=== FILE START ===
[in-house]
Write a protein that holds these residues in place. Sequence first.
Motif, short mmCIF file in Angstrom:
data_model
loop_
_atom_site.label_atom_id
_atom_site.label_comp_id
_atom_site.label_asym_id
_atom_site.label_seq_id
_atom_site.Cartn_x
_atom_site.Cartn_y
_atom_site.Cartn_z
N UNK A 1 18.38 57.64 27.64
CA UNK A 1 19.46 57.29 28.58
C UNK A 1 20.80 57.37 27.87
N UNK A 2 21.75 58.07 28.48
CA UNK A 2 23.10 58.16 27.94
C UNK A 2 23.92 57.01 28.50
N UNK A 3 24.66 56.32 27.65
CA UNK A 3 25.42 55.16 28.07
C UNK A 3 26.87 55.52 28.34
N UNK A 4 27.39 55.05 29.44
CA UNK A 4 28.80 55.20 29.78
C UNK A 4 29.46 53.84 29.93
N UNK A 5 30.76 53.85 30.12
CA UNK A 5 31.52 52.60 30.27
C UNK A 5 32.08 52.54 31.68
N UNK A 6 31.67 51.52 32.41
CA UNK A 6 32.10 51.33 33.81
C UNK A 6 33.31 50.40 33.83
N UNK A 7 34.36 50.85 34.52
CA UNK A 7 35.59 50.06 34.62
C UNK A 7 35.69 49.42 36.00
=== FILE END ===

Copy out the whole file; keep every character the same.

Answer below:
[in-house]
Write a protein that holds these residues in place. Sequence first.
Motif, short mmCIF file in Angstrom:
data_model
loop_
_atom_site.label_atom_id
_atom_site.label_comp_id
_atom_site.label_asym_id
_atom_site.label_seq_id
_atom_site.Cartn_x
_atom_site.Cartn_y
_atom_site.Cartn_z
N UNK A 1 18.38 57.64 27.64
CA UNK A 1 19.46 57.29 28.58
C UNK A 1 20.80 57.37 27.87
N UNK A 2 21.75 58.07 28.48
CA UNK A 2 23.10 58.16 27.94
C UNK A 2 23.92 57.01 28.50
N UNK A 3 24.66 56.32 27.65
CA UNK A 3 25.42 55.16 28.07
C UNK A 3 26.87 55.52 28.34
N UNK A 4 27.39 55.05 29.44
CA UNK A 4 28.80 55.20 29.78
C UNK A 4 29.46 53.84 29.93
N UNK A 5 30.76 53.85 30.12
CA UNK A 5 31.52 52.60 30.27
C UNK A 5 32.08 52.54 31.68
N UNK A 6 31.67 51.52 32.41
CA UNK A 6 32.10 51.33 33.81
C UNK A 6 33.31 50.40 33.83
N UNK A 7 34.36 50.85 34.52
CA UNK A 7 35.59 50.06 34.62
C UNK A 7 35.69 49.42 36.00